Manfred Laubichler gave a talk, "Data Challenges, Opportunities and Solutions: The Issue of Crossing Disciplinary Domains," at the RDA/Europe - Max Planck Society Science Workshop on Data on February 10th 2014 at the Headquarters of the Max Planck Society in Munich.
Erick Peirson's review of Ted R. Anderson's The Life of David Lack: Father of Evolutionary Ecology was published in the March issue of the Quarterly Review of Biology. See the full review here (paywall).
David Lack (1910–1973) was a British ornithologist whose research on population biology was part of a broader set of attempts in mid-20th century to integrate neo-Darwinian evolutionary theory into explanations of the distribution and abundance of species. In The Life of David Lack, ecologist Ted R. Anderson asserts that Lack should be appreciated as the “father of evolutionary ecology,” pointing to his 1947 book Darwin's Finches and his 1947 paper titled “The Significance of Clutch-Size” as evidence for his claim. Central to both of those works was the idea that the demographic and reproductive characteristics of a species are best explained in terms of maximizing the reproductive fitness of individual organisms, and the idea that the mechanisms of this selective process can be studied through experimental manipulations in the field.
The Global Classroom project was recently fingered by ASU News as breaking down the boundaries of the traditional classroom. You can read the entire article here.
One of the most powerful examples of a mediated classroom is located in the C-wing of the Life Sciences building, where “Sustainable Cities: a Contradiction in Terms?” is being taught simultaneously to students at ASU and at Leuphana University in Germany.
Twenty ASU students sit at tabletop computers surrounded by numerous large screens, taught in person by two of the top professors at ASU. Another 20 are tuned in from Germany. Still another 20 students from each country are in adjoining classrooms working on research projects, as part of a second cohort of the three-semester class.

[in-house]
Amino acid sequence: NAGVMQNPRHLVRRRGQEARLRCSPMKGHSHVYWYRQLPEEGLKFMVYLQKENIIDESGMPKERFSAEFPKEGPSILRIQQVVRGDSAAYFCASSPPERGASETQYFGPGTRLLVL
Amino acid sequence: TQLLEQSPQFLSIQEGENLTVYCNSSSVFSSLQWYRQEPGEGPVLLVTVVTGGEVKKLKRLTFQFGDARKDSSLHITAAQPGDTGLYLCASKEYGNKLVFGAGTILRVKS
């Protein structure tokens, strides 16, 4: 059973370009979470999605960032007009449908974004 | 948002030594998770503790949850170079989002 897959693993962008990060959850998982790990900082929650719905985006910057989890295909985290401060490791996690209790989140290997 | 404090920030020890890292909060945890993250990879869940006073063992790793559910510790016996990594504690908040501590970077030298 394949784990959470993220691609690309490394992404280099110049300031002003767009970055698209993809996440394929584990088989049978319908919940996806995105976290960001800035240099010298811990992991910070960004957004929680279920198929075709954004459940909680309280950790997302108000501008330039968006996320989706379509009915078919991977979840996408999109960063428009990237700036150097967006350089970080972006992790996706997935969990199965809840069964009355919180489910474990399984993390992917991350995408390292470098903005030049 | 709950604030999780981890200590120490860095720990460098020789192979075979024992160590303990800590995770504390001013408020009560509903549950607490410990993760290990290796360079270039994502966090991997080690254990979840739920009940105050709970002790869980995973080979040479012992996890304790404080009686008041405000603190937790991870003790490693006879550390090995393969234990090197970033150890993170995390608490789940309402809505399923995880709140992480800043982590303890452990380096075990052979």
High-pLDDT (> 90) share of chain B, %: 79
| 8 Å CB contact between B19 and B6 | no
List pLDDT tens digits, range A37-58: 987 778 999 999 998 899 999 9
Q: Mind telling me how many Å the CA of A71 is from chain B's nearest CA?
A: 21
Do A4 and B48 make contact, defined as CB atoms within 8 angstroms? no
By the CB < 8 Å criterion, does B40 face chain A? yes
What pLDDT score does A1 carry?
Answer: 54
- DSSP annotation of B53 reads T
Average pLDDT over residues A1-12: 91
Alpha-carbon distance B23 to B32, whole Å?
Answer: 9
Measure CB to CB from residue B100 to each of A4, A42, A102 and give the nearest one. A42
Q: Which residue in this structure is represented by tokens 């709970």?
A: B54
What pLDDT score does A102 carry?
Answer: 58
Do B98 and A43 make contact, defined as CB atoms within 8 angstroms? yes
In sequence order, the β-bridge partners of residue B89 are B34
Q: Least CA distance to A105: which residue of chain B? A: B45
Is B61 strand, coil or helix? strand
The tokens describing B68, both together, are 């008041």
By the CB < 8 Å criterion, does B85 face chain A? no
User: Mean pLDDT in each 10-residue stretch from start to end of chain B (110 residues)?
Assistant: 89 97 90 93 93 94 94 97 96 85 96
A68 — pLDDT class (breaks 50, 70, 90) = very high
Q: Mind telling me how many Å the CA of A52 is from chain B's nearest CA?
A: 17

The Global Classroom, a pilot project funded by a $900,000 award from the Mercator Foundation, utilizes video conferencing; intensive writing assignments and student writing workshops; online exhibits; peer-to-peer mentoring; and in-person international exchange.
The Genecology Project, and other computational HPS projects at ASU, rely on the ASU Digital HPS Community Repository for storing a variety of data and products. An important part of the development process for the repository was producing a REST API that could provide reliable and programmatic access to deposited materials. Since the built-in DSpace REST API didn't quite have all of the functions that we needed (e.g. it didn't have a reliable authentication mechanism, and it ignored access restrictions), we collaborated with programmers at the Marine Biological Laboratory to develop a new API (available here). Since the analysis process in most of our computational projects takes place in a Python environment, we had to develop some simple methods for pulling material from the repository via the API.
A Python class for interacting with our custom DSpace API is available here, and documentation is available here. This is a work in progress, but may be useful for others who adopt similar infrastructure for their digital projects, or who wish to interact with the ASU Digital HPS Community Repository.